I have often wondered why we have so many World War II games around, and why so many more are still in production. I believe that part of the answer lies in the arsenal that was available to all parties involved. The Great War was a dirty and stinky trench business and nowadays the very flammable terrorists are quite hard to find, but WW2 was as balanced as any war could be.
The German Schmeisser was all but similar to the American Thompson, while the Messerschmitt flied without shame alongside the British Spitfire. Surely the T-34 was a menace for the German tanks until the Panther arrived, but it’s this very technological race that enflamed the imagination of all players, particularly because the conflict was resolved in the end by an economical superiority, rather than a technological one.
This is the reason why game producers struggle to bring realistic and historically accurate titles to players in order to win their hearts. Company of Heroes managed in it’s time to masterfully combine an addictive gameplay with historical accuracy, and now Men of War is bringing everything to a whole new level.
So what are we conquering?
The single-player campaigns are a bit more important in these types of games, due to the background, and MoW does not disappoint. There are three campaigns available: Russian, Western Allies and German; not very long, but well-designed. They take place during Operation Barbarossa, Operation Torch and during the adventures of the Afrika Korps in Tunisia.
The missions are scripted, but with common-sense, while the objectives are varied and with multiple ways of completing them. You can control your troops in teams or individually and depending on how well you perform you may receive reinforcements to replace the losses. Not all allied troops will be under your control on a specific map however, so you can choose to help another unit or mind your own objectives, although in the long-run only you can do the hard jobs.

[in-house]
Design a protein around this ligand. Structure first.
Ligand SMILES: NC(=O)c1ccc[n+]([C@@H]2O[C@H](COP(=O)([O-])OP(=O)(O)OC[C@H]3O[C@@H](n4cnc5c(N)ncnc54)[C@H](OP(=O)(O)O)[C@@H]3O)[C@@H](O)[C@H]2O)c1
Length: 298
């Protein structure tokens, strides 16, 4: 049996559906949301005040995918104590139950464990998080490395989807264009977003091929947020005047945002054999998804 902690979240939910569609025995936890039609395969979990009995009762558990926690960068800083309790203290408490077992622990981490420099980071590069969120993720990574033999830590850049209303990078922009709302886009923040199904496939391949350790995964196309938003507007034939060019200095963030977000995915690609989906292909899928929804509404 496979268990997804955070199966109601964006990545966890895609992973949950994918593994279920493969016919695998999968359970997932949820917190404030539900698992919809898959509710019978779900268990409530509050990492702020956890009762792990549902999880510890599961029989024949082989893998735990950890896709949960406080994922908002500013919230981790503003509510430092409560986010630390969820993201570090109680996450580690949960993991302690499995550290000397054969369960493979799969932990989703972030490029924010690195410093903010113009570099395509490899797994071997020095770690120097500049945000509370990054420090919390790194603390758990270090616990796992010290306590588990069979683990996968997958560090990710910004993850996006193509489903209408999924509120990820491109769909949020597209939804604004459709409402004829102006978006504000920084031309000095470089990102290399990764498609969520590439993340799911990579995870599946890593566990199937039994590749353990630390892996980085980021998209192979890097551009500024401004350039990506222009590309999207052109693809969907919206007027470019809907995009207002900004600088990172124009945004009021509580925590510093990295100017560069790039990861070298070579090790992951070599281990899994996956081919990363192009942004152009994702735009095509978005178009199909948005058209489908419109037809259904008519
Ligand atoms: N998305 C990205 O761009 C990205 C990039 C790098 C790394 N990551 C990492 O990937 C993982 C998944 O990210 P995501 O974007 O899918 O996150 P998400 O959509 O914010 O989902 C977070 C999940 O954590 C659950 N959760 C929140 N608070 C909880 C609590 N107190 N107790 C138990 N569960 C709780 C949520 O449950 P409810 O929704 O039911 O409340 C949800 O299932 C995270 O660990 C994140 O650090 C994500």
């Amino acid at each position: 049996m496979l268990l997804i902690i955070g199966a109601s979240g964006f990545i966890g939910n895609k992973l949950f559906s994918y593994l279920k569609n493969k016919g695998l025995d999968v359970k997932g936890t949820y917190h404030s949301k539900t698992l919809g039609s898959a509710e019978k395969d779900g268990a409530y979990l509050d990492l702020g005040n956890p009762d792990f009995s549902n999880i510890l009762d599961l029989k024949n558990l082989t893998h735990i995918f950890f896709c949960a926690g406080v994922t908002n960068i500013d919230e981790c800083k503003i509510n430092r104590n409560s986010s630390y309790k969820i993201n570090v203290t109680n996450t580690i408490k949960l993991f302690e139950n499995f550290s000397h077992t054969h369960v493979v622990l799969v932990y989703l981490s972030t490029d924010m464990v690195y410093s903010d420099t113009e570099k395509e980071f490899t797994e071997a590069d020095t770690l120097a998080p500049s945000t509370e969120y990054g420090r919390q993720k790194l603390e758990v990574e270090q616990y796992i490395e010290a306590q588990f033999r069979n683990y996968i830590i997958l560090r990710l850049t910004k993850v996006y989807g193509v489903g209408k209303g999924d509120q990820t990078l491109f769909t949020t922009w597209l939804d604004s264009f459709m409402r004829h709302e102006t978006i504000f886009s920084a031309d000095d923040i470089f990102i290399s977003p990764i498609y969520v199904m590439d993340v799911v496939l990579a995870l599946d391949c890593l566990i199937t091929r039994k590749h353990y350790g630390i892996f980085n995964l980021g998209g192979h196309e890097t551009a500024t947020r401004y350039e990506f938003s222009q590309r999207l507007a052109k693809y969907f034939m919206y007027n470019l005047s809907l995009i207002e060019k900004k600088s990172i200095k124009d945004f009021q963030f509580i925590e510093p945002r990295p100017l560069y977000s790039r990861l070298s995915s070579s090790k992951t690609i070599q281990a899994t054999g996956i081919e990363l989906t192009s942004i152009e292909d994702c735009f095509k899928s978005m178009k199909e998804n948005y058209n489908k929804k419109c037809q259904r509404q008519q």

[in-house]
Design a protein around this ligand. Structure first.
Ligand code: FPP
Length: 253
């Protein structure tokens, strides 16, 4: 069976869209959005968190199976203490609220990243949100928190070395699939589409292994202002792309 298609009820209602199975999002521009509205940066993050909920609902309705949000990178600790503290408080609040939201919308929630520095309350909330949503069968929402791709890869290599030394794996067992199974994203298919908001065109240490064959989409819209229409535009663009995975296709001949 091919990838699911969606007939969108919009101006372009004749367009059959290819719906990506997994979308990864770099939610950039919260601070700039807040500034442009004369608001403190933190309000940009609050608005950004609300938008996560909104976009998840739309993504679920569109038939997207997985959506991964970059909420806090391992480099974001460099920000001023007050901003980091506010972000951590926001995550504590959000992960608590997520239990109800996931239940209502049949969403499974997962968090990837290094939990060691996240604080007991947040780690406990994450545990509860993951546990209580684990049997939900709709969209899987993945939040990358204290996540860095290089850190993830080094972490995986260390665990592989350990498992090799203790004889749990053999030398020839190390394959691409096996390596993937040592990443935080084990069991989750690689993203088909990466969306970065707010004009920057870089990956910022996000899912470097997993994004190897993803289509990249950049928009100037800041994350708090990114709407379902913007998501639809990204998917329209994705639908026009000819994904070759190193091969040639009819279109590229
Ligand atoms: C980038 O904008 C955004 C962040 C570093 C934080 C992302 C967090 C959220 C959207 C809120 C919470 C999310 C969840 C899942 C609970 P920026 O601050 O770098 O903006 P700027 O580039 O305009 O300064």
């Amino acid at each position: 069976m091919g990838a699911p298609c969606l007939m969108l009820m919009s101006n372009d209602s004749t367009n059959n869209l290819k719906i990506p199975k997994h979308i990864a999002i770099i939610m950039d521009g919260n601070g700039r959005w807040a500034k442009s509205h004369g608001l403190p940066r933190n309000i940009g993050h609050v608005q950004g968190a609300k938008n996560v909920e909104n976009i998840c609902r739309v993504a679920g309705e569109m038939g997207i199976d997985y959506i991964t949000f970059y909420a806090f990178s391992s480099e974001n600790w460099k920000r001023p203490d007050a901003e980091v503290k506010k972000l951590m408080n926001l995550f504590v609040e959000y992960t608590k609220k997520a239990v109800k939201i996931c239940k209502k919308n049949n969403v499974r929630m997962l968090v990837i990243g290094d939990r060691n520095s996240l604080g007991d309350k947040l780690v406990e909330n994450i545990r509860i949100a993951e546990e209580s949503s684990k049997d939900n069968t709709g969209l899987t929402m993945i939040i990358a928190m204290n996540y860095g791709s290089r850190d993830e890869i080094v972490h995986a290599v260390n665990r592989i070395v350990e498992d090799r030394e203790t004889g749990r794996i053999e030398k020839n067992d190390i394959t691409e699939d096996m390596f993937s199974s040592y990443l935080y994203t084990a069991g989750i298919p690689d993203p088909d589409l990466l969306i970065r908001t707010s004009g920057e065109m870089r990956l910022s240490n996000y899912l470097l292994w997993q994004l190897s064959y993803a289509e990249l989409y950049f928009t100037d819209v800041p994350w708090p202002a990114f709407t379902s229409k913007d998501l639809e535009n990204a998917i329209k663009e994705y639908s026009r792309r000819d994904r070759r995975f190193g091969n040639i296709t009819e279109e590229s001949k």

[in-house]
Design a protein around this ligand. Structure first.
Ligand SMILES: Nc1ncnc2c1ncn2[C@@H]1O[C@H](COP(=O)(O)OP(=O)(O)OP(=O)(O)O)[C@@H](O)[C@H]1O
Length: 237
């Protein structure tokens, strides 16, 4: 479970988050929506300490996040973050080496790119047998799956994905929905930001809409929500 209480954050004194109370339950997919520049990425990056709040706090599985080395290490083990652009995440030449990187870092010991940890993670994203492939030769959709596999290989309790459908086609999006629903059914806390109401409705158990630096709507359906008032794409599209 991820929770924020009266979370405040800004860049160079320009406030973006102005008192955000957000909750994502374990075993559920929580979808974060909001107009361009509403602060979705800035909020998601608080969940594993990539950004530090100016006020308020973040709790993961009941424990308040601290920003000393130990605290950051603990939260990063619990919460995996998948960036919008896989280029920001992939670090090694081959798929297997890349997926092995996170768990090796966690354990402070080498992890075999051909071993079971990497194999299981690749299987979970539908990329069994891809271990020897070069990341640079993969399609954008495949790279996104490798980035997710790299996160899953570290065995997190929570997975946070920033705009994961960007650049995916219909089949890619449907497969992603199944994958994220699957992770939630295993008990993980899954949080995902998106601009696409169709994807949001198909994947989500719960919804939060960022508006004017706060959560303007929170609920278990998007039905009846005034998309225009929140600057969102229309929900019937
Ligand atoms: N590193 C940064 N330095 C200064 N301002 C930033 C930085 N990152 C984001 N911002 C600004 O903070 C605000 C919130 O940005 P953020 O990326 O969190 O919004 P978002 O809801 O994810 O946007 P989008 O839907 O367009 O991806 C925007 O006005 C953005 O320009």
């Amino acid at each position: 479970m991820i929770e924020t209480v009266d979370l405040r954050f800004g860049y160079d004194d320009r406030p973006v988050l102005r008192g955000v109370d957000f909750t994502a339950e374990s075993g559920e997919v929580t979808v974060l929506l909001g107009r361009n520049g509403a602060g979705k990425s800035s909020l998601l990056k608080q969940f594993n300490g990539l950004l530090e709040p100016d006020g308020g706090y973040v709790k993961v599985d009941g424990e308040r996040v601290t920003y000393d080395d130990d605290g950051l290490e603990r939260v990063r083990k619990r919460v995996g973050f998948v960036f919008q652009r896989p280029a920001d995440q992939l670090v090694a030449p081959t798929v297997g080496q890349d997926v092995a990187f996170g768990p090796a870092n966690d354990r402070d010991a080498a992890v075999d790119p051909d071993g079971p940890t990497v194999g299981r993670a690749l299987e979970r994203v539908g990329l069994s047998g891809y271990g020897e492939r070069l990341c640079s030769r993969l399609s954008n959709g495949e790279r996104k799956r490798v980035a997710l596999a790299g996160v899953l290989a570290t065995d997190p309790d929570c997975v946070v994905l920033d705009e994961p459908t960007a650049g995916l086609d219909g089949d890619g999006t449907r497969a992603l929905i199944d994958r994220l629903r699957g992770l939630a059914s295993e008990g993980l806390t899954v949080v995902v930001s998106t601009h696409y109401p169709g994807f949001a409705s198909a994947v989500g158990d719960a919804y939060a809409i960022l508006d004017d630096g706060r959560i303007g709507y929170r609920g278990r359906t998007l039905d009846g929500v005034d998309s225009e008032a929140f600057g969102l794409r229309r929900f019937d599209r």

Some missions may have secondary objectives, at which point a side-quest will be started. For example, the enemy is about to set up a rocket battery to destroy your artillery, so a commando unit is created on the spot to take care of the issue. This stealth mission may or may not be successful, which means that you can either continue to use artillery in the main mission, or just watch it being destroyed. Scripted as it may be, it’s a good.
Furthermore, each campaign has its own little story, with a thumbs up for the Russian campaign which looks very much like your favorite war-movie. The only let-down of the single-player campaigns is one of a more personal nature, as it is difficult to find a title that will satisfy me in this respect : the voice-acting. It is my belief that for an authentic war experience, the rugged German language should be shouted by a hysterical German officer, while the Russian should reek of vodka a little bit, but here we find an anchorman who narrates with little emotions or accent. On the bright side, this only occurs in the cut-scenes, because on the battlefield the little soldiers scream and die in their respective languages quite well.
Taking a cue from the game title, the producers have brought the action to a new level of detail and complexity, where each soldier is crucial and the variety of actions at your disposal will make you lose nights on end in front of the monitor. The soldiers under your command can be handled in platoons as well as individually, and for the foot soldiers the two main parameters are cover and stealth.
Both the position the soldier is currently in and what lies between him and the enemy counts as cover. Almost anything can be used as a shield: haystacks, walls, bomb craters, you name it. Stealth is also very well implemented, by assigning each unit a sight range which can be learned by selecting that unit, much like in Commandos. A well-camouflaged soldier will be difficult to see unless someone is very close to him, at which point it may already be too late. The sniper, a unit that doesn’t particularly like being seen, even carries a couple of bushes with him to hide in plain sight.